if let index = i, index > 0, let parent = navigationController?.viewControllers[index-1] {
    // access parent
}

Swift 3 Logical AND OR operators, //set up a bunch of conditional variables to test in our if statement that contains AND plus OR operators. let hasDoorKey = false. let knowsOverridePassword =  Swift 3 Logical AND OR operators These are formatted so you can copy the code straight into your Swift Playground files. //set up a bunch of conditional variables to test in our if statement that contains AND plus OR operators.

It is not possible.

From Swift grammar

GRAMMAR OF AN IF STATEMENT

if-statement → if ­if-condition­ code-block­ else-clause­opt­

if-condition → expression­ | declaration­

else-clause → else­ code-block­ | else­ if-statement­

The value of any condition in an if statement must have a type that conforms to the BooleanType protocol. The condition can also be an optional binding declaration, as discussed in Optional Binding

if-condition must be expression­ or declaration­. You can't have both expression and declaration.

let foo = bar is a declaration, it doesn't evaluate to a value that conforms to BooleanType. It declares a constant/variable foo.

Your original solution is good enough, it is much more readable then combining the conditions.

How Do I Write If Case Let in Swift?, case let immediately precedes the candidate pattern in both versions. However, when using if case let the value comes after the = operator: Using the power of switching with associated values to write elegant, logical, meaningful code  Swift provides three logical operators, AND (&&), OR(||), and NOT (! These operators are called logical operators because they evaluate upon and return Boolean value types based on logic. The three logical operators compare the bits inside their given operands, perform the operation against them, and then return the result.

How to Unwrap Multiple Optionals with One If-Let in Swift, How to Unwrap Multiple Optionals with One If-Let in Swift What I want to do right now is walk through a couple of scenarios where I unwrap Then, compare what you expected to be the print output, to the actual output to  Called Logical AND operator. If both the operands are non-zero, then the condition becomes true. (A && B) is false. || Called Logical OR Operator. If any of the two operands is non-zero, then the condition becomes true. (A || B) is true.! Called Logical NOT Operator. Use to reverses the logical state of its operand.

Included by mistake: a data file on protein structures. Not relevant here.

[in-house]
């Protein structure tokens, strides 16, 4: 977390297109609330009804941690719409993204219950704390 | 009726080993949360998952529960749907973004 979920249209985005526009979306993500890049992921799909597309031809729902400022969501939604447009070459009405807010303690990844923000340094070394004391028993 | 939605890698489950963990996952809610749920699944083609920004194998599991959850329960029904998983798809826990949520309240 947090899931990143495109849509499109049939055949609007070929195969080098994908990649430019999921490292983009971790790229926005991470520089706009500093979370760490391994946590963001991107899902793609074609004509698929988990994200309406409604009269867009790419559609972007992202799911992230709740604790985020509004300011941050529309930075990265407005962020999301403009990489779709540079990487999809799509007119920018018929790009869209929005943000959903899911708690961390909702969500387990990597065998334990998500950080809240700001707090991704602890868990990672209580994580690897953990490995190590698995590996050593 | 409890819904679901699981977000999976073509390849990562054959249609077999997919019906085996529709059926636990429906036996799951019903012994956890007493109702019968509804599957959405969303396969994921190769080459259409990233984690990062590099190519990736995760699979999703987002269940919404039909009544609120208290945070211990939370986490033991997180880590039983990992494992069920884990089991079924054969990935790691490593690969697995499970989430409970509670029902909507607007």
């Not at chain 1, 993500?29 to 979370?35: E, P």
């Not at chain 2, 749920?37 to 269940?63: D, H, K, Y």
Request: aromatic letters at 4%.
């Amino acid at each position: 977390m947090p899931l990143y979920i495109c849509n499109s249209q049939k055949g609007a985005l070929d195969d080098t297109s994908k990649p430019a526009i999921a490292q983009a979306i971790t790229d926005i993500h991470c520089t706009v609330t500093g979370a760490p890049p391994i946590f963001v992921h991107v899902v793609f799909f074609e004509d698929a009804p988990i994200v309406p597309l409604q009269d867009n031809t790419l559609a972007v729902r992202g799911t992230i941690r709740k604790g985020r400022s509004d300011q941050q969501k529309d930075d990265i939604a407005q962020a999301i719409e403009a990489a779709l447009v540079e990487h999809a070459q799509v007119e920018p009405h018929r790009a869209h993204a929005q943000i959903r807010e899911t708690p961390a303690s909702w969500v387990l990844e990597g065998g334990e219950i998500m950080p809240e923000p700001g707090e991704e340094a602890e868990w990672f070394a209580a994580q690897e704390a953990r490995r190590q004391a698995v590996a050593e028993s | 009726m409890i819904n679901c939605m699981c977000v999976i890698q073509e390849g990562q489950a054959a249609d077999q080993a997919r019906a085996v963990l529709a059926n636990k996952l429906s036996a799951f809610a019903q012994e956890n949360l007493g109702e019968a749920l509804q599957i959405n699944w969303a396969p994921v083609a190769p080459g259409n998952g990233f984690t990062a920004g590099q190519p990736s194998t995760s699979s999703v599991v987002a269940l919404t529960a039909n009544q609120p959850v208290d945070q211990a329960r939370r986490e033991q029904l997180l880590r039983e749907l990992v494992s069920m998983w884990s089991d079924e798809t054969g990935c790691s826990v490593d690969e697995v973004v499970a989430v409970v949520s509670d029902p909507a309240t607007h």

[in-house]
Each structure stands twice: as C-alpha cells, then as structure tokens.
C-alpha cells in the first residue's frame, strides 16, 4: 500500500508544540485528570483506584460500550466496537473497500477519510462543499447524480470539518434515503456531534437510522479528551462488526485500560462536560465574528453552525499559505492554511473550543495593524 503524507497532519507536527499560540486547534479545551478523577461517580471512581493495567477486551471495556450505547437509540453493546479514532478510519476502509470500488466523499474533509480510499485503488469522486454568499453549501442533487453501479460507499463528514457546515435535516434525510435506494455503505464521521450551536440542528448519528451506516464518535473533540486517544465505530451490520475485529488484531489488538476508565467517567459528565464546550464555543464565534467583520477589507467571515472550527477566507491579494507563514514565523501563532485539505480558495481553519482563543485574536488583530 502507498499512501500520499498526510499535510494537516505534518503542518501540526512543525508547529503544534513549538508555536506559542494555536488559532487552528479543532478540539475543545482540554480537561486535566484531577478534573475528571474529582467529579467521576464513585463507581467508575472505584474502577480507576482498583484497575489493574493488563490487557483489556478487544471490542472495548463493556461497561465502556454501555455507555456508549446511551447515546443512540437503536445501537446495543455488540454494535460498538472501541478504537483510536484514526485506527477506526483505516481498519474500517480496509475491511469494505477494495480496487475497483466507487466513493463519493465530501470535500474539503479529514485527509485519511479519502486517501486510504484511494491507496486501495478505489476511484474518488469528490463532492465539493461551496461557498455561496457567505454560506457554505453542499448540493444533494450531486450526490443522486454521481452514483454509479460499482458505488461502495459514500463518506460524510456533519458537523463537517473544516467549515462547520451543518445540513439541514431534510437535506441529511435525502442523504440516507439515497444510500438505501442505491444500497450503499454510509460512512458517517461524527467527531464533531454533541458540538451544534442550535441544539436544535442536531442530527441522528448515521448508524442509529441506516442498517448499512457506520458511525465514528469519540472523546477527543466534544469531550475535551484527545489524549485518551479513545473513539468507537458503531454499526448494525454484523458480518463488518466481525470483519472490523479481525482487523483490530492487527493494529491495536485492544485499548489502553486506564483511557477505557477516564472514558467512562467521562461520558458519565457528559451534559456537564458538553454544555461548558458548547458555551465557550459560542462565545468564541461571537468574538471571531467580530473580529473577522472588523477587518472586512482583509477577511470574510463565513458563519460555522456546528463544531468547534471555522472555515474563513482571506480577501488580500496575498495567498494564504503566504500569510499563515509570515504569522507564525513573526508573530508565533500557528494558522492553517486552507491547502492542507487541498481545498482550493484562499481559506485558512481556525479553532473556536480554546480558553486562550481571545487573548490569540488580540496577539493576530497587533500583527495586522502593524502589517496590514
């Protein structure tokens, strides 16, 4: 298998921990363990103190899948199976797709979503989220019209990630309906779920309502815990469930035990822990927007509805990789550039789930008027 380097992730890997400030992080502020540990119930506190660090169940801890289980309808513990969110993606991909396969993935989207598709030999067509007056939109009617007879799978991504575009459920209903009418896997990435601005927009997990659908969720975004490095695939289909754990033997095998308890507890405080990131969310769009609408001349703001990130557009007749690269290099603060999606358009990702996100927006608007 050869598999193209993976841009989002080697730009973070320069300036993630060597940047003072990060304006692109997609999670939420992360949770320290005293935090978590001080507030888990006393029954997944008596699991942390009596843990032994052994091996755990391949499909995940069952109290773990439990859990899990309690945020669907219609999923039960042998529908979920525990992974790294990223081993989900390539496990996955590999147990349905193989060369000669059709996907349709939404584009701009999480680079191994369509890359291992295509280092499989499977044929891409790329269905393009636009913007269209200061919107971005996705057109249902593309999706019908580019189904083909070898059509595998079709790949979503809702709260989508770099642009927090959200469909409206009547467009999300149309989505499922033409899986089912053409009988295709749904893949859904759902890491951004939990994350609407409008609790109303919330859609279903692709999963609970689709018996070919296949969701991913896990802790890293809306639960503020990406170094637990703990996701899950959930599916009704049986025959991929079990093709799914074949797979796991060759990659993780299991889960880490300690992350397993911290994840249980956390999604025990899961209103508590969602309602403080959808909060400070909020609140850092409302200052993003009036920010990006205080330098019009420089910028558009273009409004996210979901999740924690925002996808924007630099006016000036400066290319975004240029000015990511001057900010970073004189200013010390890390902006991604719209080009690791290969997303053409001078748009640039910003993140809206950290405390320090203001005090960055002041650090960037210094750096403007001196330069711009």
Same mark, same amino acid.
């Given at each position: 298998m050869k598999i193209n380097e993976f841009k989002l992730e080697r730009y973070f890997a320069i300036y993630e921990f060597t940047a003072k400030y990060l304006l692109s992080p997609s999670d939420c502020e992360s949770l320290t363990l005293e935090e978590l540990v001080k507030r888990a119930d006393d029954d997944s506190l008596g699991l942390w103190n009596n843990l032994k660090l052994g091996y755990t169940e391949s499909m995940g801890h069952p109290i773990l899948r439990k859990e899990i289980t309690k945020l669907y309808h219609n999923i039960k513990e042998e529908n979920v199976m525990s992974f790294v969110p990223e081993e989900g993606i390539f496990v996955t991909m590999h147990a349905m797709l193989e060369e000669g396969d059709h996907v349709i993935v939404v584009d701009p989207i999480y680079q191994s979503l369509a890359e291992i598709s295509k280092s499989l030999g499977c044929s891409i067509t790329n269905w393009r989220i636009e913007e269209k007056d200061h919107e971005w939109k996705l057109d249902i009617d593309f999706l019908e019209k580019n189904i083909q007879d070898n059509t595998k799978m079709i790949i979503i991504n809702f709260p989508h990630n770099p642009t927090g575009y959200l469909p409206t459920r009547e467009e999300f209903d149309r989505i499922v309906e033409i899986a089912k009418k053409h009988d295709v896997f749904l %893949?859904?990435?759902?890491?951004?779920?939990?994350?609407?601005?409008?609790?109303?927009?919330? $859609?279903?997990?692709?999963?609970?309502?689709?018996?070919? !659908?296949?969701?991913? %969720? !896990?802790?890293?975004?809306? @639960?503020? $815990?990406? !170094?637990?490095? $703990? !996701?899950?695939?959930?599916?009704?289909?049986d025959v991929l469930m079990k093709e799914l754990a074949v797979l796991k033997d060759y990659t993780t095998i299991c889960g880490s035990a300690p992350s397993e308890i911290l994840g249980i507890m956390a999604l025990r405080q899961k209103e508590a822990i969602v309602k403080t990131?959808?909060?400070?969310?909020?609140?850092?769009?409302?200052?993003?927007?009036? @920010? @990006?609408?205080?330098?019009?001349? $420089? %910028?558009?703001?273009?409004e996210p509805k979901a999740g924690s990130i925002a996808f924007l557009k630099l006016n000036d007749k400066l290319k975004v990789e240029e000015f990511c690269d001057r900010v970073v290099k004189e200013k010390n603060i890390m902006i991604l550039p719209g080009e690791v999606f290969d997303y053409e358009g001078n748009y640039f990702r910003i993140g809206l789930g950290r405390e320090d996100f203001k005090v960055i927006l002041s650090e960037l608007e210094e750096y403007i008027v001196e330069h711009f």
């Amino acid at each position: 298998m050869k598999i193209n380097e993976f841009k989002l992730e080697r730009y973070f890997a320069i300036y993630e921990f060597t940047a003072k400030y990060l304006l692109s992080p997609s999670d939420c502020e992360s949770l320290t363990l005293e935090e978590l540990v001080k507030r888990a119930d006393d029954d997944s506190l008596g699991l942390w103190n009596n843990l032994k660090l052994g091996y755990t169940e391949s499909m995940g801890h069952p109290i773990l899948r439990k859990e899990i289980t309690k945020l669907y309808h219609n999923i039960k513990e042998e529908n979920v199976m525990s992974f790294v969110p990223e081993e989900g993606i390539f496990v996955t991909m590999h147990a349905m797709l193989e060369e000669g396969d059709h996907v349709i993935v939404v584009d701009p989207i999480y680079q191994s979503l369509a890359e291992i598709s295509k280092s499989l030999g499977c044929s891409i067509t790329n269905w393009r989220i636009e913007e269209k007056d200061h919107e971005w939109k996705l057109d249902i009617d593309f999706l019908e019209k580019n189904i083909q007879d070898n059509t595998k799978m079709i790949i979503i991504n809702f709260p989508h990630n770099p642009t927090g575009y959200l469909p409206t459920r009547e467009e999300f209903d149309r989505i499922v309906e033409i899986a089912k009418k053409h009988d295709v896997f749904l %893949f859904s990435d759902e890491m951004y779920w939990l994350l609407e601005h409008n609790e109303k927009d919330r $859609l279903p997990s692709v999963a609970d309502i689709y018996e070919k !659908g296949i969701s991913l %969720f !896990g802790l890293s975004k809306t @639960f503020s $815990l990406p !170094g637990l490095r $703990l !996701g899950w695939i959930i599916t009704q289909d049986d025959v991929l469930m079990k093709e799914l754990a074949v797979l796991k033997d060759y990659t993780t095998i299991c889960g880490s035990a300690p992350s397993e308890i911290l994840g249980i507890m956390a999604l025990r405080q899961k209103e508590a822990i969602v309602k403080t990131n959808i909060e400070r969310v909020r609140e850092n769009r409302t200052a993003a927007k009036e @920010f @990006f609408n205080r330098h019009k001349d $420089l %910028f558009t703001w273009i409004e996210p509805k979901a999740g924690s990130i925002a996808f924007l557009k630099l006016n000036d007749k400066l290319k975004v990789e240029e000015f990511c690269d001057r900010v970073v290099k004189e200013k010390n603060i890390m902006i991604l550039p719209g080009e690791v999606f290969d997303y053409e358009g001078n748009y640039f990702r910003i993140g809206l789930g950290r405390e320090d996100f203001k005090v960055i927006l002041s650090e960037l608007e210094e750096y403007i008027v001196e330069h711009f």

Swift guard statement (With Examples), In this article, you will learn to use guard statement to control the flow of your program's Swift Operators · Swift Operator Precedence · Swift Ternary Operator · Swift executes statements based on certain condition (boolean value) but unlike if, the We have seen in Swift Optionals the use of if-let to unwrap an optional. Are you looking for swift online? If you are looking for swift online click.

Swift 3.0, What is difference between if let and guard in Swift?

Comments
  • It is always a good idea to provide the error messages in the question.
  • More simple statement for people who like to experiment with this: var foo : Int? = 10; if let bar = foo { if bar == 10 { println("Great success!") }}
  • The error message when using if let bar = foo && bar == 10 is Use of unresolved identifier "bar" (on the second bar, of course).
  • just a note that I was able to shorten the above example using Objective C's firstObject as follows: if let navigationController = tabBarController.viewControllers.bridgeToObjectiveC().firstObject as? UINavigationController {
  • 1. bridgeToObjectiveC is gone in beta 5 (and was quite possibly never intended for general use). 2. There's a first method on Swift's built-in Array type anyway.
  • This should be come the chosen answer.
  • yes as it's now changed. Bryan's answer was correct at that time
  • So , is for && what is there for || ?
  • @jeet.chanchawat logical OR doesn't make sense in this context. if let can only proceed if the optional successfully unwrapped and is assigned to the new variable name. If you said OR <something else> then you could easily bypass the whole purpose of the if let. For logical OR, just do a normal if and inside the body deal with the fact that the first object is still optional at that point (not unwrapped).
  • but surely "if let" - which is valid Swift syntax - is both an expression and a declaration?
  • @MaxMacLeod let foo = bar is declaration not expression. you can't do let boolValue = (let foo = bar)
  • ok but to quote the Swift guide, page 11, the example is: if let name = optionalName. optionalName must be an expression whereby if optionalName is not an optional, it evaluates to true. The second part of the statement then kicks in whereby the unwrapped optional is assigned to name. So, question is, if "optionalName is not an optional" is an expression, can it be expanded with a logical AND. Btw I think you are probably correct in that it cannot be done.
  • but you need to code to cast tabBarController again